New Receipt Form issued by CAR for Deposits
As readers of my blog should be well aware, I do not advocate the use of security deposits in those rentals governed by the Chicago Residential Landlord Tenant Ordinance. While many landlords and landlord advocates agree with me, there are still some landlords who insist on taking a deposit. The Chicago Association of Realtors (CAR) has just released a new form that hopes to ease the burden on landlords providing a security deposit receipt. Continue reading
Chicago Landlords Catch A Break
In April, I reported being disturbed to find that the City of Chicago had updated their “Rents Right” website sometime recently to include a CRLTO summary purporting to have been approved in 2013. My concern was that landlords using the July 2010 summary might be out of compliance with the ordinance despite the June, 2013 ordinance summary not being made widely available. Continue reading
Not good news for Chicago landlords
April is fair housing month and to celebrate, the Office of the General Counsel of HUD has released “Guidance on Application of Fair Housing Act Standards to the Use of Criminal Records by Providers of Housing and Real Estate-Related Transactions“. This little ditty is a wonderful little gift to landlords throughout Chicagoland! If you think that the application of fair housing to landlord screening procedures was hard before, just wait until you get a load of this one. Unfortunately, folks, it’s the law (or at least, it’s HUD’s position on how the law will be enforced) and you need only head over to their website to see gleeful press releases related to big dollar settlements with landlords for fair housing violations to see the logical result of noncompliance. This law applies to private landlords as well as public housing entities. This one is going to get a bit long, so buckle up. Continue reading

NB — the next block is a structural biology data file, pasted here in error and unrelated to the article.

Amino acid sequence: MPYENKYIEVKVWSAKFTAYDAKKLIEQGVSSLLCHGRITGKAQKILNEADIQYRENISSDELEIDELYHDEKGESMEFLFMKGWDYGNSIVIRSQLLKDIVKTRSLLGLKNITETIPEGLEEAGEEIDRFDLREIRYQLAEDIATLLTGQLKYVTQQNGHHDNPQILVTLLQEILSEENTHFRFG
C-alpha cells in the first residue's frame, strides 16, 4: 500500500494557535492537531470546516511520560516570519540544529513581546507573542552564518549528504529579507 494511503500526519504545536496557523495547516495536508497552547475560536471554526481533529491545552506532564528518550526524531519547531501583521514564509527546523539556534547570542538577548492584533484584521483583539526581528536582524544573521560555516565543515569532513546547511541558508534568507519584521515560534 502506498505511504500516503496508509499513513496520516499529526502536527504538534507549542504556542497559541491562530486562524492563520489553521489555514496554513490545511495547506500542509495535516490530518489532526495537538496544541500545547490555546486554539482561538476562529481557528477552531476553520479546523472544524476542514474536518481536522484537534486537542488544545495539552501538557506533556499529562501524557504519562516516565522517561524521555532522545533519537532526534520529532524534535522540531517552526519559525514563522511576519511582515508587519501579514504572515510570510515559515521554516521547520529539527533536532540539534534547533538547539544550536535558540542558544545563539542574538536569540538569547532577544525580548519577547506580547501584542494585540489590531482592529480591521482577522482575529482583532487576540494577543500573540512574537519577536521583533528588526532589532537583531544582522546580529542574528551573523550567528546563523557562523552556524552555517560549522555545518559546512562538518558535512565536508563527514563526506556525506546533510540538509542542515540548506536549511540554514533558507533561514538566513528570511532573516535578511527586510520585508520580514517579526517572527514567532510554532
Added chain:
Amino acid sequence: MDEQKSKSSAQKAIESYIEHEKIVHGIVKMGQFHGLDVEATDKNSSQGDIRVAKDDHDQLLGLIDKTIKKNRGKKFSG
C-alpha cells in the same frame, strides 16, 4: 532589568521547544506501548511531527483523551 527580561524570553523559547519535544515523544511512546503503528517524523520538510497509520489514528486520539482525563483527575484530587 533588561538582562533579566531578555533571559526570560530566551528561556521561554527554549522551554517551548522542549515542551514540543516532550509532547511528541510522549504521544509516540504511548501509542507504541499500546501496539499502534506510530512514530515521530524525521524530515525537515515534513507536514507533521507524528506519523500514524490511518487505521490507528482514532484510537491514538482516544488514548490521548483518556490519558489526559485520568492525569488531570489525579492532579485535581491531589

The City of Chicago has placed a NEW version of the Chicago Residential Landlord and Tenant Ordinance Summary on its “Chicago Rents Right” website. The summary is somewhat concerning in that it purports to have been approved in June, 2013. Interestingly, to my knowledge, the July 2010 version was still available on the City’s website as recently as last month (maybe even last week! I’m making efforts to find out). I am wondering if the City of Chicago’s website team has been in a time warp for the last three years because if this was approved in 2013 (which would make sense as that’s when the bedbug law was passed and that’s the change to the summary), it was most certainly not made available generally on the website until 2016! In any event, for any lease executed beginning today, landlords should use the June, 2013 version! Landlords should no longer use the July, 2010 version. Failure to use the new version of the ordinance summary (along with the entire security deposit interest rate disclosure for 2016 in both English and Spanish) will subject landlords with tenancies covered by the CRLTO to penalties under Section 5-12-170 of the ordinance.
Posted in CRLTO
Judicial conference results in small new eviction case delays
The Cook County First District (downtown) eviction judges will be participating in a judicial conference during the week of April 4-8, 2016, so landlords filing eviction actions this week at the Daley Center looking for a two week court date will find that they are not going to be able to get a two week date. Court will still be on but with a short staff, so eviction cases already scheduled will continue during that week. Things should get back to normal shortly after that.